The S&P 500, often considered the best barometer of the health of US equities as an asset class, has shed more that 5% over the past two and a half weeks.
Even after the November Federal Reserve rates decision was successfully navigated without a shock rise, the index stayed well below where it was in mid October.
The rising chance of a Donald Trump victory on Tuesday has largely been accepted as the culprit for the sell-off. Markets like middle of the road politics and familiarity, which is exactly what Hillary Clinton provides, and the opposite of what Trump appears to offer.
The prospect of anti-trade protectionism is a very real one of course, and could have serious implications for US companies’ prospects.
Given this, there seems likely to be the classic relief rally if Clinton manages to hold off Trump’s late charge for the finishing line.
We only have to look at the market reaction to the Brexit vote as an example of how quickly stocks can bounce back from ‘Armageddon.’
Perhaps a binary assessment of 'Trump is bad for US equities', 'Clinton is good' is far too simplistic though. Even in the event of a Trump win, once an initial bout of negative sentiment passes, rational thinking could take hold as investors snap up what begin to quickly look like bargain stocks.
There is also the small matter of the US Congress. The system was designed specifically to act as a check and balance, so whether Trump or Clinton wins their immediate impact will be kept in check by the House and Senate.
We only have to look at the market reaction to the Brexit vote as an example of how quickly stocks can bounce back from ‘Armageddon.’ Both the FTSE 100 and FTSE 250 regained all the ground lost on 24 June quickly once the initial panic dissipated.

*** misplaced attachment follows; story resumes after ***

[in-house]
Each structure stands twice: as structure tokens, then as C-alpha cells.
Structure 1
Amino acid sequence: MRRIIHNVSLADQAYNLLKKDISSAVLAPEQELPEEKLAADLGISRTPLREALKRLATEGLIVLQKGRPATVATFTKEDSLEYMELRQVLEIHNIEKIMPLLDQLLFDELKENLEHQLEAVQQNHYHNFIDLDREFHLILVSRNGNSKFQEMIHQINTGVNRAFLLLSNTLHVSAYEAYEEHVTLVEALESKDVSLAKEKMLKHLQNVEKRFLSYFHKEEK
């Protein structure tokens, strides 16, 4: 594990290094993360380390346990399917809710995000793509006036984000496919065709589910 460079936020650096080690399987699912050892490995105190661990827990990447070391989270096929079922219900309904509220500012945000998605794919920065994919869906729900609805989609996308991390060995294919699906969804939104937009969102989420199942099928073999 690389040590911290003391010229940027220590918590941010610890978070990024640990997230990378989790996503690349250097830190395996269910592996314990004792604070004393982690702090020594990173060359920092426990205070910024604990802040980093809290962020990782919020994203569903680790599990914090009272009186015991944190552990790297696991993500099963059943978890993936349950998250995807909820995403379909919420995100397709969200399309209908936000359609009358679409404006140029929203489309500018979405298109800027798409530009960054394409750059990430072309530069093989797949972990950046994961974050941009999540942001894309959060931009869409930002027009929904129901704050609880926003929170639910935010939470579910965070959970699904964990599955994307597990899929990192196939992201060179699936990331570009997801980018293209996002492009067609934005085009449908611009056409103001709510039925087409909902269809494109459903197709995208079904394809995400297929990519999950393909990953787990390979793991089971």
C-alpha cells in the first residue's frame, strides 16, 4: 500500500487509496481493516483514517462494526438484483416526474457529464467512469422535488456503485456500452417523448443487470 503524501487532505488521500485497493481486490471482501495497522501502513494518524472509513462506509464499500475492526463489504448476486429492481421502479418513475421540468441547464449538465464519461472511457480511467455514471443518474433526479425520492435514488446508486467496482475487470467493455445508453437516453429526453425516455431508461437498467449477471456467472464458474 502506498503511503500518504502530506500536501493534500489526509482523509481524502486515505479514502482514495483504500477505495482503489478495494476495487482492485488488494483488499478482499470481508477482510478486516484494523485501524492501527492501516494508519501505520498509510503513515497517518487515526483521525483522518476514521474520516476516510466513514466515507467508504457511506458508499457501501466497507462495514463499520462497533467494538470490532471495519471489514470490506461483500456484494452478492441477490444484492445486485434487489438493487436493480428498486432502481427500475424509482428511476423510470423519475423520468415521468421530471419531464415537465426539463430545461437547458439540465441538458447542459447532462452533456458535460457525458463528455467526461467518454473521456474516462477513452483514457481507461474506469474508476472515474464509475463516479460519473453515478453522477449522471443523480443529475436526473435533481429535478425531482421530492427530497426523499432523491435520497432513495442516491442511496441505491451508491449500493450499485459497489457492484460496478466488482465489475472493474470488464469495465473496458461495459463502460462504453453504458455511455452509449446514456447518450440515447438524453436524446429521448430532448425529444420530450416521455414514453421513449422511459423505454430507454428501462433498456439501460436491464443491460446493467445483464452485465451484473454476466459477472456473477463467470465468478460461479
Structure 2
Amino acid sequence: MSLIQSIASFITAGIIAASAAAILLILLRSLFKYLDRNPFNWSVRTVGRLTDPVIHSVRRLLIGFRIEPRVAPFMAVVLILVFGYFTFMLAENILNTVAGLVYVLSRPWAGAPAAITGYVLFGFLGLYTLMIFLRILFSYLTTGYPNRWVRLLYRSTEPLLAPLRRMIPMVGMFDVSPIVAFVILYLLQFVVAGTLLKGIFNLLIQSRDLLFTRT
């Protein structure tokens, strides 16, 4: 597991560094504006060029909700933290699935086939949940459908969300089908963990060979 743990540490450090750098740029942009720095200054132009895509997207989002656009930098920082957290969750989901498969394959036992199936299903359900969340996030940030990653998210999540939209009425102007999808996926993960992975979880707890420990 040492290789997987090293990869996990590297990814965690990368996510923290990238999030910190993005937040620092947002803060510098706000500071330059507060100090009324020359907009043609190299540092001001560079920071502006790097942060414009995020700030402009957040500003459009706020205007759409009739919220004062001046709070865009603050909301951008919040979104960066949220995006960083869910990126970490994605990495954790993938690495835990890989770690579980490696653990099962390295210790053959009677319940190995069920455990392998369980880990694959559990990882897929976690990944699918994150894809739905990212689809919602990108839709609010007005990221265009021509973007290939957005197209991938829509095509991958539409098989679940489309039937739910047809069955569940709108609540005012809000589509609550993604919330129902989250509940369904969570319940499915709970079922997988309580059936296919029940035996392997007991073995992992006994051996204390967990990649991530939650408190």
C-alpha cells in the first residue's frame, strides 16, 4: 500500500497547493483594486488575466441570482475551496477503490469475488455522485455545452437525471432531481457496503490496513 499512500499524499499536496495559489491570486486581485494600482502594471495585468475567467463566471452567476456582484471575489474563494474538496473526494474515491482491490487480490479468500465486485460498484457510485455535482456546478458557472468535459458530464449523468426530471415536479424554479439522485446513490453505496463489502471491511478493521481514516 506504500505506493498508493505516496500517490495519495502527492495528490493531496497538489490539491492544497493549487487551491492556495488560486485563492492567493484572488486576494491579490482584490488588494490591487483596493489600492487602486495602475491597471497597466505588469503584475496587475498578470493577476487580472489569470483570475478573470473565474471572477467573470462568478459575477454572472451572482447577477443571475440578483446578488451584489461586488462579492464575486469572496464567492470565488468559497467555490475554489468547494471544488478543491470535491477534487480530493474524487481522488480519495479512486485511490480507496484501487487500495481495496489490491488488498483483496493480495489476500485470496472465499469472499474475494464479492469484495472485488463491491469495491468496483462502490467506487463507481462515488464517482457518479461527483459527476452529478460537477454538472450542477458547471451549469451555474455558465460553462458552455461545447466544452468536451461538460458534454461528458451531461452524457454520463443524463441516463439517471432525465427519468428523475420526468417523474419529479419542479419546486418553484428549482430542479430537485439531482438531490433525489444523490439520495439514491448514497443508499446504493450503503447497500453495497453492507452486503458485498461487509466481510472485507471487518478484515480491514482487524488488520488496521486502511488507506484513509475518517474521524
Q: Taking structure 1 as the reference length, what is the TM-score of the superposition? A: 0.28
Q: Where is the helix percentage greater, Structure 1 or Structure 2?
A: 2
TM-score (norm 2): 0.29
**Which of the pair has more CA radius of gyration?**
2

Underlying economic conditions in the US are relatively robust of course, with the recent GDP growth report of 2.9% being healthy by developed market standards, and unemployment persistently under 5%.
Something that cannot be discounted however, is a contested result. This scenario would be unambiguously bad for US equities, so if your assessment is that this is likely you may well want to pare back your allocation.
Christophe Foliot, head of international equities at Edmond de Rothschild Asset Management, is one professional investor who sees shades of grey rather than black and white in the situation.
“Market trajectories will depend on the ability of the winner to roll out his or her programme,” he said. “A Clinton victory, with a divided Congress, should limit market volatility as investors will be relieved to see the administration having to adopt a culture of conciliation and half measures. As a result, the financial sector could avoid any further increase in regulatory burdens. The pressure would also be taken off healthcare companies which could then perform well given the sector’s upbeat earnings prospects.”